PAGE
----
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Quiet: The Power of Introverts in a World That Can’t Stop Talking

The book that started the Quiet Revolution

At least one-third of the people we know are introverts. They are the ones who prefer listening to speaking; who innovate and create but dislike self-promotion; who favor working on their own over working in teams. It is to introverts—Rosa Parks, Chopin, Dr. Seuss, Steve Wozniak—that we owe many of the great contributions to society. 

In Quiet, Susan Cain argues that we dramatically undervalue introverts and shows how much we lose in doing so. She charts the rise of the Extrovert Ideal throughout the twentieth century and explores how deeply it has come to permeate our culture. She also introduces us to successful introverts—from a witty, high-octane public speaker who recharges in solitude after his talks, to a record-breaking salesman who quietly taps into the power of questions. Passionately argued, superbly researched, and filled with indelible stories of real people, Quiet has the power to permanently change how we see introverts and, equally important, how they see themselves.

Now with Extra Libris material, including a reader’s guide and bonus content

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Reblogged 1 month ago from www.amazon.com

Comments

Anonymous says:

This Book Saved My Life. Not An Exaggeration. I believe this book saved my life. I’m not prone to melodrama, or to such excessively long reviews, but this is true, and so important to me, I have to say it. I’ve been working for years in an extremely busy law office. It’s been growing harder and harder throughout the years for me to handle this job. Two months ago my boss fired my coworker, and I’ve since had to take on two people’s work plus train multiple new people (as the first two didn’t stay), all with constant, all day long…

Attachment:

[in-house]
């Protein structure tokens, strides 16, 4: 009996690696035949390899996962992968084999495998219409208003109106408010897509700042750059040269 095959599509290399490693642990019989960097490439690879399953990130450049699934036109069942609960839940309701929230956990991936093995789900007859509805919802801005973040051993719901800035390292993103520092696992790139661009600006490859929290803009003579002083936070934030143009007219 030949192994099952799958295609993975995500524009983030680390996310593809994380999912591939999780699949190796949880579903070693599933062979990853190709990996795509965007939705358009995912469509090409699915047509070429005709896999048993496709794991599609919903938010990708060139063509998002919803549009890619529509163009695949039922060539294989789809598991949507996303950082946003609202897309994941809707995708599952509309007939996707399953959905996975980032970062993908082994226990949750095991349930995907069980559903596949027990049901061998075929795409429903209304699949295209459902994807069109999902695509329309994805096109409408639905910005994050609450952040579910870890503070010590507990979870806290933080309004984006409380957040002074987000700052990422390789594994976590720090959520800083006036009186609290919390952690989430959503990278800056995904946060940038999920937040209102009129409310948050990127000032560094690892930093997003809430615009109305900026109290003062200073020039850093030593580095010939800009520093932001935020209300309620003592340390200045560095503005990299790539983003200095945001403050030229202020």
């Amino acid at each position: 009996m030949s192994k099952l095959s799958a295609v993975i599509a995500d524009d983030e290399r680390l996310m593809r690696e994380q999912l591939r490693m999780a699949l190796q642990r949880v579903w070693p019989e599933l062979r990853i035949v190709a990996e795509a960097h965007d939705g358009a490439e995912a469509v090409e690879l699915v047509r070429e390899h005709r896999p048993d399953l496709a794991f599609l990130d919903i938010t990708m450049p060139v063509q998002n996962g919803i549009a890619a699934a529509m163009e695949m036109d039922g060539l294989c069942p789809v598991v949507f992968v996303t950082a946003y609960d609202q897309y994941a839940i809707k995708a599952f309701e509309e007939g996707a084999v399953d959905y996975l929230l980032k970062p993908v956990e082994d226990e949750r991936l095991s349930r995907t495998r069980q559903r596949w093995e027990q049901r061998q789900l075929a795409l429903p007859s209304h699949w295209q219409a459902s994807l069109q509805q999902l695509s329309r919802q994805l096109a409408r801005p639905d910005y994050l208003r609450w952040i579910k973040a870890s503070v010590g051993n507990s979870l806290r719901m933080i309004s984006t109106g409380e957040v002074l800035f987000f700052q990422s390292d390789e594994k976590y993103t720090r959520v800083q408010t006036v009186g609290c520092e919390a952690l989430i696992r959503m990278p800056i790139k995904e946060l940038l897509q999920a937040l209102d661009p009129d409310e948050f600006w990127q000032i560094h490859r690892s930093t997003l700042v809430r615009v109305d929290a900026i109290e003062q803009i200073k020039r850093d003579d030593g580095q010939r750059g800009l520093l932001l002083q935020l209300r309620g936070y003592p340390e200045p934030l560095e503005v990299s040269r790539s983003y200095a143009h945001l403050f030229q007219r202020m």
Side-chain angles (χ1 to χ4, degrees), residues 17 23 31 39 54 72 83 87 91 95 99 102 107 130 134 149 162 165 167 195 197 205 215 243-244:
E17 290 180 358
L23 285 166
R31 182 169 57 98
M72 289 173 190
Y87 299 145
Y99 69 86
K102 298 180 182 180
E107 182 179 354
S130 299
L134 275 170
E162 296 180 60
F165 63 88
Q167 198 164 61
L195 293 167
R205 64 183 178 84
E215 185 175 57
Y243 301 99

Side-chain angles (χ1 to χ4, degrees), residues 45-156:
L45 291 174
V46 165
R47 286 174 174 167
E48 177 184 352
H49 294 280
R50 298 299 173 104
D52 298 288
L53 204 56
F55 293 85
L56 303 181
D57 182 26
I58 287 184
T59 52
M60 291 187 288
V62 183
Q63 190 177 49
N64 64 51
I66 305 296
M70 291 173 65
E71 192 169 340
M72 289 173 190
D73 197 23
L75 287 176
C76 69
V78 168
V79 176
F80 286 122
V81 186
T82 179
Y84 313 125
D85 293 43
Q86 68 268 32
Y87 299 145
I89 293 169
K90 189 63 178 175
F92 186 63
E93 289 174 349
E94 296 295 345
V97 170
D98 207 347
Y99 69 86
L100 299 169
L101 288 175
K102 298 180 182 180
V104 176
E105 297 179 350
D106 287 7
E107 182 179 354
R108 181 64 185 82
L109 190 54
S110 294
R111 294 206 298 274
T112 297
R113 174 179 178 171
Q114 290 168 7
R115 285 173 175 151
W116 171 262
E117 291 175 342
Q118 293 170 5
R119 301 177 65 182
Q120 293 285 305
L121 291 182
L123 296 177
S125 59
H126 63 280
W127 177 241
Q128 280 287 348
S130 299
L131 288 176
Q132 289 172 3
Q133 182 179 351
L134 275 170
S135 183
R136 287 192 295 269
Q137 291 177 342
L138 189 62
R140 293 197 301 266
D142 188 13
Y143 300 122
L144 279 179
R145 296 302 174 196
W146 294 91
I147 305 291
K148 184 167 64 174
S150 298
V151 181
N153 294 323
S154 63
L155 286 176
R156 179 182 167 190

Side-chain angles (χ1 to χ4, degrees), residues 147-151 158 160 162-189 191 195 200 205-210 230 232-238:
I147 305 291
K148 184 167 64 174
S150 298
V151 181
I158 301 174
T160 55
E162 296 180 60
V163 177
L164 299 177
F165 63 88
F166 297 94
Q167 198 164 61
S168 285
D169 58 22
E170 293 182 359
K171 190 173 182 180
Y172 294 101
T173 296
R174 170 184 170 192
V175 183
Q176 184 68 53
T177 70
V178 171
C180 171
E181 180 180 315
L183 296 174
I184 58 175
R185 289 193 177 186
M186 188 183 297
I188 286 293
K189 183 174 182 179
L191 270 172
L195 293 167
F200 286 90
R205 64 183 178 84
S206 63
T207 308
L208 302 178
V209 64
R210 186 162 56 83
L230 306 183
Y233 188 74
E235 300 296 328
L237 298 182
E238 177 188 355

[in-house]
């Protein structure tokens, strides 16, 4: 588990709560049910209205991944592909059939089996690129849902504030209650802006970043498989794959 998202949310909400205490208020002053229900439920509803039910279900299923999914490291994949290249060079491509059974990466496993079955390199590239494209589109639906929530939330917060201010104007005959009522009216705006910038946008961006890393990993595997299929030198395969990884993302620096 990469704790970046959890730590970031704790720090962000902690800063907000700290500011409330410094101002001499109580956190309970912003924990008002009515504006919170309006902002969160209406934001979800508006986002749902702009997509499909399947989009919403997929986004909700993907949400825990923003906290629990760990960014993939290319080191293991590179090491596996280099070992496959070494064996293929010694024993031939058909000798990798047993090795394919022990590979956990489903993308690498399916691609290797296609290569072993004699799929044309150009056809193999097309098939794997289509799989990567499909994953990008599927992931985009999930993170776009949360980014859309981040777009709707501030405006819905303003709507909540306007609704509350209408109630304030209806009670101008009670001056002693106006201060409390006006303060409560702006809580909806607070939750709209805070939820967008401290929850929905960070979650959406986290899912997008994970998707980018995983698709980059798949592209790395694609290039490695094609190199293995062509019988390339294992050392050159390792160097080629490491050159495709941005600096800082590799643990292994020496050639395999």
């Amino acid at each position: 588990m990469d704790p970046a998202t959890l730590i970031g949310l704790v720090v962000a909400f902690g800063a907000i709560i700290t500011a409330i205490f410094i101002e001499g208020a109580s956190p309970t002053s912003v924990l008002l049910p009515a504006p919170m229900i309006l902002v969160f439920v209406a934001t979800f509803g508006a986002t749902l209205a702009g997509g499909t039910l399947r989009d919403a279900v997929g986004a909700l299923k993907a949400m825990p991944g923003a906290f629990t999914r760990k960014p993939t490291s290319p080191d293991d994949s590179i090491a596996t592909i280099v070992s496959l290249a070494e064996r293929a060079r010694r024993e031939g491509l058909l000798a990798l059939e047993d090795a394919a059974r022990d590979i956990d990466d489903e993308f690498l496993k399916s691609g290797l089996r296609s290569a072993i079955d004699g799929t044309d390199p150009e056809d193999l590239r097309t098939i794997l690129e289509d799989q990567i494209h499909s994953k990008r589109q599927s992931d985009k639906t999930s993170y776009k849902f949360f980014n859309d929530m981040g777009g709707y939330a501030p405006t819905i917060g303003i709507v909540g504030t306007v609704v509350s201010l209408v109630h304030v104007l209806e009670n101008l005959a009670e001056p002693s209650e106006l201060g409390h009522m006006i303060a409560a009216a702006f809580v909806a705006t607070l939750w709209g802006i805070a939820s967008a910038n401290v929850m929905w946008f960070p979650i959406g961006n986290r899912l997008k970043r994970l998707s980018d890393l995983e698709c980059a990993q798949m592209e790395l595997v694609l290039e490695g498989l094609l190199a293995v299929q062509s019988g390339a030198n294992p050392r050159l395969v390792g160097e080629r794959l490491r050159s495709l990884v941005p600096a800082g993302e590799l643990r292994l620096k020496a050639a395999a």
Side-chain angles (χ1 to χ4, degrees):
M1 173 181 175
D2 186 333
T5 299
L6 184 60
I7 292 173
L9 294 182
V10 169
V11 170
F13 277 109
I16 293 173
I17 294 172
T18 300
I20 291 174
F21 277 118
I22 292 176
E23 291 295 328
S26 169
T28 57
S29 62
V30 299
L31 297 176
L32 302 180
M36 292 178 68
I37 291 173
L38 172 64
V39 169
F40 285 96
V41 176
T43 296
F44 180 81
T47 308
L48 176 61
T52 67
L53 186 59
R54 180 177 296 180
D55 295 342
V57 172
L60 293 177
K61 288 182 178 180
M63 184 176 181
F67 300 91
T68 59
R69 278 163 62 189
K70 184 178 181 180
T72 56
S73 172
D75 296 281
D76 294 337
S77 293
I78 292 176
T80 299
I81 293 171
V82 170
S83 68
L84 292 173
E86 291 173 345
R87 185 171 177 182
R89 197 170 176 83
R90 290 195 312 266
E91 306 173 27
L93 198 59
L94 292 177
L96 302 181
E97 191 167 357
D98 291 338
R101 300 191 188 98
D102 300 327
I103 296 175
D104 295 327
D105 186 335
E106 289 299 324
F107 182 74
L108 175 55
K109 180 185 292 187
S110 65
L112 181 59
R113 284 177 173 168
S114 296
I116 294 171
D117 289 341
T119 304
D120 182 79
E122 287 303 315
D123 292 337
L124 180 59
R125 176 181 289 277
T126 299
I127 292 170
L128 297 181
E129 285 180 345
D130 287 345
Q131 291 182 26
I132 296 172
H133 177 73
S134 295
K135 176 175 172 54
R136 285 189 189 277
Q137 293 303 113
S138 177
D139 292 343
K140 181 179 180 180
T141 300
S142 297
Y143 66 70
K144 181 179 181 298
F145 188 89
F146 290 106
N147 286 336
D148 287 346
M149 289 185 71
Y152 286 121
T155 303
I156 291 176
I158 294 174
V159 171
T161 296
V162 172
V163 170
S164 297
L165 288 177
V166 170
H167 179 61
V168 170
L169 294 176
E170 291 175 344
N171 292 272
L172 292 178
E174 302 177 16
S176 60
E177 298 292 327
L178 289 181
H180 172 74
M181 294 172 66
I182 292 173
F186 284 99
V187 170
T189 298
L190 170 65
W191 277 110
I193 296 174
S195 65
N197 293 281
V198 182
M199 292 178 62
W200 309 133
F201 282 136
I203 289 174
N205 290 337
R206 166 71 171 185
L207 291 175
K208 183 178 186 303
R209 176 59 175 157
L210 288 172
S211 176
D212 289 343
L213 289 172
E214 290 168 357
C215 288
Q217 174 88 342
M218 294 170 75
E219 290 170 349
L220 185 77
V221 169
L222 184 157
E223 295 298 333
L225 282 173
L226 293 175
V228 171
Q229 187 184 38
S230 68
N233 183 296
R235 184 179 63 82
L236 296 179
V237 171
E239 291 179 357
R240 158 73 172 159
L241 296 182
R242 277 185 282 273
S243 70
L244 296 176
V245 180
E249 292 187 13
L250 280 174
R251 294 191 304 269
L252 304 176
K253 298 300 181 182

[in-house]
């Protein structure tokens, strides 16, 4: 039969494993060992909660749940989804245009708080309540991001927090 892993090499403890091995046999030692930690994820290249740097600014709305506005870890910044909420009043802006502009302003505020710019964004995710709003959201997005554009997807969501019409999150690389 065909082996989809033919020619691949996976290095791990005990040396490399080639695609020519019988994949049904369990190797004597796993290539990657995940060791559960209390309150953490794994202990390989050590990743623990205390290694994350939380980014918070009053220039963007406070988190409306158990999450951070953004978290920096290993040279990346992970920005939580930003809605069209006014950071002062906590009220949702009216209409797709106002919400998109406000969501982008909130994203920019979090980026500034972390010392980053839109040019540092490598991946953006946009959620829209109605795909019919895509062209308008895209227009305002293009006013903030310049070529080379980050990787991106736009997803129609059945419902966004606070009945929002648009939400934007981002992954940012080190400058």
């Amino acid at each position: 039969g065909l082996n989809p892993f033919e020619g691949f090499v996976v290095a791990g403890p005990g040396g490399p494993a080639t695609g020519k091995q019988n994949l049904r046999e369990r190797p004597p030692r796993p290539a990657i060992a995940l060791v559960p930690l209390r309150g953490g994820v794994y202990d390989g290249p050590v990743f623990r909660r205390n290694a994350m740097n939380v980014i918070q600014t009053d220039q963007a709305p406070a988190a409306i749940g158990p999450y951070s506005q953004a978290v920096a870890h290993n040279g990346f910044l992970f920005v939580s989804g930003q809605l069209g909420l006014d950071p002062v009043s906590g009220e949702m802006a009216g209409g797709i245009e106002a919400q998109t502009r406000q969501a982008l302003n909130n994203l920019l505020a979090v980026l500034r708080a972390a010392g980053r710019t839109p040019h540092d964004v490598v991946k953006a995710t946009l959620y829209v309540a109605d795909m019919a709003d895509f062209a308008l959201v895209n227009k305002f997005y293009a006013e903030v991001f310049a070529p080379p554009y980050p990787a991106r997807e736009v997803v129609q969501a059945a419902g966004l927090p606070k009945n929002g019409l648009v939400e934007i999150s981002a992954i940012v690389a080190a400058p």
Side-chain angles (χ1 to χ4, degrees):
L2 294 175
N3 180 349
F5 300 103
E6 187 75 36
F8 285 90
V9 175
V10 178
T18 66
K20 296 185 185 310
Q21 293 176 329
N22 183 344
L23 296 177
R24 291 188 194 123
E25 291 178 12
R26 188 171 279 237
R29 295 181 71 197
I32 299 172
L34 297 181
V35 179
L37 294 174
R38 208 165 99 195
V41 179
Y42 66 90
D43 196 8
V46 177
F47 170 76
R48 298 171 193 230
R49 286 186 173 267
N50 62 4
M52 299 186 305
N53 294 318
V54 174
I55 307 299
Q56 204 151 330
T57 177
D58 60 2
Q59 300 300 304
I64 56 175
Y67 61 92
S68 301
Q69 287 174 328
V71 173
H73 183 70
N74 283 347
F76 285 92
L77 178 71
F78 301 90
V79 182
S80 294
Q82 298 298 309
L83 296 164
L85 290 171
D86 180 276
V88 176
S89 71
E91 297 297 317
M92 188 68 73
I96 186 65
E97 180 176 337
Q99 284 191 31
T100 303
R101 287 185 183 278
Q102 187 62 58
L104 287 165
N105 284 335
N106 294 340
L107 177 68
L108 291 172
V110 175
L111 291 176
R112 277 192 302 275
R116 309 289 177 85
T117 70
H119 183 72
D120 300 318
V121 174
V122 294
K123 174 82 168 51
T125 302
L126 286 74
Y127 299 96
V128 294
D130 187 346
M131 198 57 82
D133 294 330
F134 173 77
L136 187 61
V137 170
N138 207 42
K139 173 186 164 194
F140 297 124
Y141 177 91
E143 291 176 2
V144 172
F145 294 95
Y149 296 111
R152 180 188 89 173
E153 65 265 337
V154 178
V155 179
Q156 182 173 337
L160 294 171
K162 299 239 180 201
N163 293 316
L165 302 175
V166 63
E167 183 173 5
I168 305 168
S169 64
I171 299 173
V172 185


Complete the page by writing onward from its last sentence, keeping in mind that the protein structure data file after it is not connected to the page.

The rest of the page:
Anonymous says:

This book allowed me to finally accept myself. I’m not broken… just an introvert! I want to express gratitude to Ms. Cain for she has made it officially OK to be me. All my life, I’ve had this intangible feeling of being ‘wrong’ or ‘flawed’, or at the very least a minority in every walk of life. Only after my brother recommended this book to me do I finally feel worthy and acceptable (even, dare I say, valuable) for being an introspective person who thinks before speaking or taking action. I am not ‘weird’ or ‘shy’ or ‘anti-social’ as I have been labeled since…

Anonymous says:

Susan, please write a new book helping jabberwockies like me… Most of my friends see me as an extrovert (or, what the literature calls an extravert). I’m not. Instead, I’m a deeply introverted individual. True, I worked hard to become a learned extrovert (the happiest people on the planet, by the way). Ironically, I worked way too hard, especially from 2003 to 2008. Eventually, it became extremely hard for me to be quiet around others. No wonder most of my friends say there’s no way I could be a deeply introverted individual. In the opening chapters of…

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